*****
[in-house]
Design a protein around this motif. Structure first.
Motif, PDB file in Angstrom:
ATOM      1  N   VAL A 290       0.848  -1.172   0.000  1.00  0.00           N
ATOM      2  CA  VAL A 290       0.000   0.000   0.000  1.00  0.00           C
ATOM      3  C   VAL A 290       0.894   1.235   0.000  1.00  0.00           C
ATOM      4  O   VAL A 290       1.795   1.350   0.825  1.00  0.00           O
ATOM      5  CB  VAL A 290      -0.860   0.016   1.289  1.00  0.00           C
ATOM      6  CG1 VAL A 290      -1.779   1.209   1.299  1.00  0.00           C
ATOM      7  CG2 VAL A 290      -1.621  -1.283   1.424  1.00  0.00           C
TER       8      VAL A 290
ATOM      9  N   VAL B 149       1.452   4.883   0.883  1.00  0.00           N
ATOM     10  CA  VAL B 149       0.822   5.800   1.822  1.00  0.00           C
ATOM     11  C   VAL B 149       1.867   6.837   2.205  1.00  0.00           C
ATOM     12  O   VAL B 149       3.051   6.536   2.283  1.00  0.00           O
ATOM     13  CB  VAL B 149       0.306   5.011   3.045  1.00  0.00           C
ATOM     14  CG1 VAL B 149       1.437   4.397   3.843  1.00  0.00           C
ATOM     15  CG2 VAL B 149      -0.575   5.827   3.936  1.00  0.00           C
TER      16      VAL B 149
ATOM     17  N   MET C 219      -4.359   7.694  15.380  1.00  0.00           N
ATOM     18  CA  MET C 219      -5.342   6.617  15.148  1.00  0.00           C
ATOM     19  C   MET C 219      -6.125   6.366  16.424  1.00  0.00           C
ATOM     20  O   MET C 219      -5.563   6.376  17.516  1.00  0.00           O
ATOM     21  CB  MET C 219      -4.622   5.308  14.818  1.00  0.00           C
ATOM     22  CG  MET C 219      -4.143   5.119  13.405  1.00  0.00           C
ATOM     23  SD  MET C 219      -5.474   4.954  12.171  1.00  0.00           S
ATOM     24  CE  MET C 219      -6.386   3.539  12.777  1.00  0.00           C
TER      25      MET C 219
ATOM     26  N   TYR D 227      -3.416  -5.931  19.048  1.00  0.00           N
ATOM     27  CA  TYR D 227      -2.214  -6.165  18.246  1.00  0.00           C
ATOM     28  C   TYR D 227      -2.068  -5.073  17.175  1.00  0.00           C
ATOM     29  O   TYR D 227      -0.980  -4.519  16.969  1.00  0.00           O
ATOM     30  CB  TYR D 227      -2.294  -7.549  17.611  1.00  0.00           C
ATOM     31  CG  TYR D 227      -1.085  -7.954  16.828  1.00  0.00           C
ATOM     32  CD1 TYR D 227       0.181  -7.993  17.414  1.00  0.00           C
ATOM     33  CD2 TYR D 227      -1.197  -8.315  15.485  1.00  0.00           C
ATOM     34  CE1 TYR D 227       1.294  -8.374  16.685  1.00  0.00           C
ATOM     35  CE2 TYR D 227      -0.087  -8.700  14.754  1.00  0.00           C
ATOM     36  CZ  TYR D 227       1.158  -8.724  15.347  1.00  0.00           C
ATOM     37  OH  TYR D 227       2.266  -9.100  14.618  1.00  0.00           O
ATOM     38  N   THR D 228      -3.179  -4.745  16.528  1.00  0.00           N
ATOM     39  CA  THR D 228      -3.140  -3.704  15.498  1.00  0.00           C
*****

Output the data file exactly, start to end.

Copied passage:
[in-house]
Design a protein around this motif. Structure first.
Motif, PDB file in Angstrom:
ATOM      1  N   VAL A 290       0.848  -1.172   0.000  1.00  0.00           N
ATOM      2  CA  VAL A 290       0.000   0.000   0.000  1.00  0.00           C
ATOM      3  C   VAL A 290       0.894   1.235   0.000  1.00  0.00           C
ATOM      4  O   VAL A 290       1.795   1.350   0.825  1.00  0.00           O
ATOM      5  CB  VAL A 290      -0.860   0.016   1.289  1.00  0.00           C
ATOM      6  CG1 VAL A 290      -1.779   1.209   1.299  1.00  0.00           C
ATOM      7  CG2 VAL A 290      -1.621  -1.283   1.424  1.00  0.00           C
TER       8      VAL A 290
ATOM      9  N   VAL B 149       1.452   4.883   0.883  1.00  0.00           N
ATOM     10  CA  VAL B 149       0.822   5.800   1.822  1.00  0.00           C
ATOM     11  C   VAL B 149       1.867   6.837   2.205  1.00  0.00           C
ATOM     12  O   VAL B 149       3.051   6.536   2.283  1.00  0.00           O
ATOM     13  CB  VAL B 149       0.306   5.011   3.045  1.00  0.00           C
ATOM     14  CG1 VAL B 149       1.437   4.397   3.843  1.00  0.00           C
ATOM     15  CG2 VAL B 149      -0.575   5.827   3.936  1.00  0.00           C
TER      16      VAL B 149
ATOM     17  N   MET C 219      -4.359   7.694  15.380  1.00  0.00           N
ATOM     18  CA  MET C 219      -5.342   6.617  15.148  1.00  0.00           C
ATOM     19  C   MET C 219      -6.125   6.366  16.424  1.00  0.00           C
ATOM     20  O   MET C 219      -5.563   6.376  17.516  1.00  0.00           O
ATOM     21  CB  MET C 219      -4.622   5.308  14.818  1.00  0.00           C
ATOM     22  CG  MET C 219      -4.143   5.119  13.405  1.00  0.00           C
ATOM     23  SD  MET C 219      -5.474   4.954  12.171  1.00  0.00           S
ATOM     24  CE  MET C 219      -6.386   3.539  12.777  1.00  0.00           C
TER      25      MET C 219
ATOM     26  N   TYR D 227      -3.416  -5.931  19.048  1.00  0.00           N
ATOM     27  CA  TYR D 227      -2.214  -6.165  18.246  1.00  0.00           C
ATOM     28  C   TYR D 227      -2.068  -5.073  17.175  1.00  0.00           C
ATOM     29  O   TYR D 227      -0.980  -4.519  16.969  1.00  0.00           O
ATOM     30  CB  TYR D 227      -2.294  -7.549  17.611  1.00  0.00           C
ATOM     31  CG  TYR D 227      -1.085  -7.954  16.828  1.00  0.00           C
ATOM     32  CD1 TYR D 227       0.181  -7.993  17.414  1.00  0.00           C
ATOM     33  CD2 TYR D 227      -1.197  -8.315  15.485  1.00  0.00           C
ATOM     34  CE1 TYR D 227       1.294  -8.374  16.685  1.00  0.00           C
ATOM     35  CE2 TYR D 227      -0.087  -8.700  14.754  1.00  0.00           C
ATOM     36  CZ  TYR D 227       1.158  -8.724  15.347  1.00  0.00           C
ATOM     37  OH  TYR D 227       2.266  -9.100  14.618  1.00  0.00           O
ATOM     38  N   THR D 228      -3.179  -4.745  16.528  1.00  0.00           N
ATOM     39  CA  THR D 228      -3.140  -3.704  15.498  1.00  0.00           C